·         Mikel Murga, Bilbao, Spain

      ·         Peter Newman, Sydney, Australia

      ·         Simon Norton, Cambridge, UK

      ·         Margaret O'Mahony, Dublin, Ireland

      ·         Richard Ongjerth, Budapest, Hungary

      ·         Carlos F. Pardo, Bogota, Colombia

      ·         Sujit Patwardhan, Pune, India

      ·         Enrique Peñalosa, Bogota, <

      (Message over 64 KB, truncated)

    • tara.bartee@dot.state.fl.us
      Eric; You are correct that it will be incredibly difficult to get heard. I took part in the disaster response in Florida to our four hurricanes this year. I
      Message 2 of 2 , Dec 29, 2004
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        Eric;

        You are correct that it will be incredibly difficult to get heard.

        I took part in the disaster response in Florida to our four hurricanes this
        year. I can attest that the hectic nature of response makes it very
        difficult to deal with the simplest of issues, much less real changes in
        infrastructure. The disparity in resources makes me think that whatever
        difficulties we had here are absolutely nothing compared to those in the
        path of the tsunami.

        The pressure to get things going again as fast as possible will be
        incredible. It will be essential to get transportation going first, or the
        rest of the relief won't be able get through. Time to rethink HOW things
        will be rebuilt will be an unbelievable luxury. What gets accomplished in
        the initial response has a serious impact on what can be accomplished in
        the ongoing recovery stage. The existing system will have to be replaced,
        perhaps with incremental improvements.

        A better strategy might be to monitor the response for sustainability
        issues. Afterwards, make cogent, specific recommendations to international
        disaster response and recovery organizations on planning in advance to
        correct "mistakes" when a disaster presents an "opportunity". For
        example, in much of the flood prone US, property owners are advised that in
        the next "event" they will not get federal disaster assistance to rebuild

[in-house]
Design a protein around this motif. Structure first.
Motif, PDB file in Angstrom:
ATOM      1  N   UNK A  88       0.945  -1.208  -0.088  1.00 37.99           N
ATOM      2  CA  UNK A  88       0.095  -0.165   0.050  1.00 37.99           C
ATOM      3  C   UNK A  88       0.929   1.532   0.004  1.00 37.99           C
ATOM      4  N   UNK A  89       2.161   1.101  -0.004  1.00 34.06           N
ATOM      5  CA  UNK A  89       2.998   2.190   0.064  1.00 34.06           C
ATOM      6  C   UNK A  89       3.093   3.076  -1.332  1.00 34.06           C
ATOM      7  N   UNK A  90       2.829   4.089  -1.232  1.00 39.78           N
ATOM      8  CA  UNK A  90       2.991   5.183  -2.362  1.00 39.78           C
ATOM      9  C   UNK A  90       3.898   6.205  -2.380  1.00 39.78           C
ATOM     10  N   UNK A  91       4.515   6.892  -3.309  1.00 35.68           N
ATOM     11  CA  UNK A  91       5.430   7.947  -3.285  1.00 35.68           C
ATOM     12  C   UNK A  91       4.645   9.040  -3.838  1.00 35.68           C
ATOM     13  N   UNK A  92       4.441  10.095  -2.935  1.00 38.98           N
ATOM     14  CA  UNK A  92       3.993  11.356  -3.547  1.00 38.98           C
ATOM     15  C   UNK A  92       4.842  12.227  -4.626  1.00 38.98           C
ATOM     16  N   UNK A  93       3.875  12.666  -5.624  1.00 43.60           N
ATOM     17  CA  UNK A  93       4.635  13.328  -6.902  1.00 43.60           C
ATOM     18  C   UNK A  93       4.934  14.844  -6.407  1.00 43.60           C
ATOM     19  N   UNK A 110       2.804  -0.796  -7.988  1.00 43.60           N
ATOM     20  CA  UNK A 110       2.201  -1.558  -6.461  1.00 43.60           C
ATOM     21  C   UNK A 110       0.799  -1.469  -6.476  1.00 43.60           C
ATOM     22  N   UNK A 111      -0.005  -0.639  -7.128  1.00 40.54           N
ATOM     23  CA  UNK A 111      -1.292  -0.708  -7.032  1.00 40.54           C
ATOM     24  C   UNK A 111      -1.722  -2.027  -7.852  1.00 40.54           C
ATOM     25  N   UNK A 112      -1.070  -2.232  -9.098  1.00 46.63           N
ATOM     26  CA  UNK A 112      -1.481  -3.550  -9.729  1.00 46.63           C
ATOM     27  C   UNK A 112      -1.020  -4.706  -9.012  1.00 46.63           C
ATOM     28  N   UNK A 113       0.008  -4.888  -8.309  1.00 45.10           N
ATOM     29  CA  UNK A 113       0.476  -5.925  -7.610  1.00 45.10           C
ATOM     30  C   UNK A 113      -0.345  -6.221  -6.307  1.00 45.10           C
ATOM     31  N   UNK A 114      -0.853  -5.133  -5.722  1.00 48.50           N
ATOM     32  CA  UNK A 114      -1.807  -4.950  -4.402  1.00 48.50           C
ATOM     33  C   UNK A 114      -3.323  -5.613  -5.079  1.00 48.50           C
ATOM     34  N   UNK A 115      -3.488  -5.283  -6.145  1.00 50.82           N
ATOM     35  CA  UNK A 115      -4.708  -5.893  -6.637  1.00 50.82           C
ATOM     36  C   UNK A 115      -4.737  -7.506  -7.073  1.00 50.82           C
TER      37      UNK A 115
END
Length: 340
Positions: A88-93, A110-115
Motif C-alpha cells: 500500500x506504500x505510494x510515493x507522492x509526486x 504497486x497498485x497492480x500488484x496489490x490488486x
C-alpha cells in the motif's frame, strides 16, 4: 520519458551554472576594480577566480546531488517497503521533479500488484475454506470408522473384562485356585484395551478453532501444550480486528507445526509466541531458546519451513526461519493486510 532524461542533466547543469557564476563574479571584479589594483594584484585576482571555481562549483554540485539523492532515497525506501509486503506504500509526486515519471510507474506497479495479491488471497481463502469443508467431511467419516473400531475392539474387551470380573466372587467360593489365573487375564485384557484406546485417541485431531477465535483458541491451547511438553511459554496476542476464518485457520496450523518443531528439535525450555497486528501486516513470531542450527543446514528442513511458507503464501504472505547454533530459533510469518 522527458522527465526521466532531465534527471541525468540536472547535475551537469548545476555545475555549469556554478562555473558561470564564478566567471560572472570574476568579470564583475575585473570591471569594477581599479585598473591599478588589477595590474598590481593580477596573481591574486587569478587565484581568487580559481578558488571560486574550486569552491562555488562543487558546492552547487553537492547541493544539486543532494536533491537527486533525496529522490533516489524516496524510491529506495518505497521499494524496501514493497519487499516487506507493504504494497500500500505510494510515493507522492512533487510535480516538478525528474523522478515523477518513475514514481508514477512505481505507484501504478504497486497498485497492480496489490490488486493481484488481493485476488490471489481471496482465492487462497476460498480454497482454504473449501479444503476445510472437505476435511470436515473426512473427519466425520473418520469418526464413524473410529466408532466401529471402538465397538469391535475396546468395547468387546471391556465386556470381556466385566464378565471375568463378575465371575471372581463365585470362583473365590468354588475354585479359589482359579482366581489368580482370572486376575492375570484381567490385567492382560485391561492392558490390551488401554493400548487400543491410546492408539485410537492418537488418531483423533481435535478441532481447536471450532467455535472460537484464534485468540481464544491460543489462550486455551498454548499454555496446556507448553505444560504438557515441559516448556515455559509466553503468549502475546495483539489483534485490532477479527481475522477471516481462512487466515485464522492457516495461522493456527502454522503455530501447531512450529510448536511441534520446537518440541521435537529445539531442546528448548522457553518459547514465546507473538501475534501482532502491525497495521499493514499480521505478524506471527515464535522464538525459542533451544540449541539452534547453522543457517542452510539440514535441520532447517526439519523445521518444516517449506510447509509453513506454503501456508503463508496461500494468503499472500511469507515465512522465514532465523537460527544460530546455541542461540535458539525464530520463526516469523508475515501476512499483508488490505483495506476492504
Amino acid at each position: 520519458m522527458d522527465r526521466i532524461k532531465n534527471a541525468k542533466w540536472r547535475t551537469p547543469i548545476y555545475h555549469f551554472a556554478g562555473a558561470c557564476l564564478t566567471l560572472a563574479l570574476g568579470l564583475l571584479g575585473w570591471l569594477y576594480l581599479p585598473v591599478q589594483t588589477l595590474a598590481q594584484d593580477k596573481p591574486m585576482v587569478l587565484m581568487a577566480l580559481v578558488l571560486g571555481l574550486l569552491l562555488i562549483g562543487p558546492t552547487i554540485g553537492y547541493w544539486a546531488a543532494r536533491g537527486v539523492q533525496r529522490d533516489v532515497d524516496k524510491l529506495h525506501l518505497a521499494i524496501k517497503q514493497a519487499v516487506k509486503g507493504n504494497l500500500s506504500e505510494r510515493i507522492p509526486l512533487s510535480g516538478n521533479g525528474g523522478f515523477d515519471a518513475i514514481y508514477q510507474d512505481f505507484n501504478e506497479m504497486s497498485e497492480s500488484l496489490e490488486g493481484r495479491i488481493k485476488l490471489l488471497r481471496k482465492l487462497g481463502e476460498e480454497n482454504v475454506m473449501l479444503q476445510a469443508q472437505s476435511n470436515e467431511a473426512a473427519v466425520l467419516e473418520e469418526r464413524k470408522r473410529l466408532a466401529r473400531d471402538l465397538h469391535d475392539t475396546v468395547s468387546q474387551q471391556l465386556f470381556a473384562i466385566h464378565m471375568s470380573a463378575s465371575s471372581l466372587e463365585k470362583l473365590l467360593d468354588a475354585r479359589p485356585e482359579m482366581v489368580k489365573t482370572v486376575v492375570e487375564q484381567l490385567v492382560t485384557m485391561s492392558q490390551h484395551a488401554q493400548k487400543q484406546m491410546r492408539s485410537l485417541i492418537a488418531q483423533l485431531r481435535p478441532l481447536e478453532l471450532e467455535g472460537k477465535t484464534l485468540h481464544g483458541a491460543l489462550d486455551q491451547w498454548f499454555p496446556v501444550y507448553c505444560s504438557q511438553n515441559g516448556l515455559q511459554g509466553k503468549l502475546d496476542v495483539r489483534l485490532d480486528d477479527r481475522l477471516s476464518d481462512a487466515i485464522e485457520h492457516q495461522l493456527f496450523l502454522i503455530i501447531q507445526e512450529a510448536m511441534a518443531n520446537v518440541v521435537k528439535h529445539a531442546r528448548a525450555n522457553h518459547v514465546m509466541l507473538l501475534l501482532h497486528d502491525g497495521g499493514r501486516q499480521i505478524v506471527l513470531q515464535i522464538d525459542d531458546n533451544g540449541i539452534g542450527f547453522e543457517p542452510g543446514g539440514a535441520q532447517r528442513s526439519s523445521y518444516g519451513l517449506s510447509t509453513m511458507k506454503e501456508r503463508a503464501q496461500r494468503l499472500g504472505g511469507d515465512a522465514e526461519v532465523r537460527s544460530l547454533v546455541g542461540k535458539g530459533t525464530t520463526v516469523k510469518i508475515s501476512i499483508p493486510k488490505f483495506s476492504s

in the flood plain. Such aid will be available only for relocation and
        building anew on higher ground. Thus incremental restructuring occurs.

        The URL below takes you to an article about some of the advance planning we
        do in Florida.

        http://www.govpro.com/ASP/ViewArticle.asp?strArticleId=104275

        And this takes you to some planning for the next disaster.

        http://www.floridadisaster.org/recovery/


        Tara Bartee
        Public Transit Office FDOT
        Voice 850-414-4520
        FAX 850-414-4508
        E-Mail tara.bartee@...




        "EcoPlan, Paris"
        <eric.britton@eco
        plan.org> To
        <WorldTransport@yahoogroups.com>
        12/29/2004 08:00 cc
        AM "'UTSG'" <UTSG@...>
        Subject
        [New Mobility/WorldTransport Forum]
        Please respond to HIGHEST PRIORITY: Post-Tsunami
        WorldTransport@ya rebuilding - the role of
        hoogroups.com sustainable mobility proponents










        Wednesday, December 29, 2004, Paris, France, Europe

        Dear Friends and Colleagues,

        In the wake of the current tragic events in the regions affected by
        Tsunami, and once the terrible immediate health and basic needs of these
        areas and their people have started to be met, it is going to be time to
        take a number of decisions about rebuilding in all those impacted areas.
        And at the center of this rebuilding will be the transportation sector.
        Since this is the case, and since it opens up some unique opportunities in
        terms of sustainability, I invite us to think about it together.

        My question to you all here is: might this be a unique opportunity for us
        to make the voice of sustainable transportation and social justice heard
        once and for all as it should be? There are at least three things about
        this approach that recommend it strongly in the immediate situation and the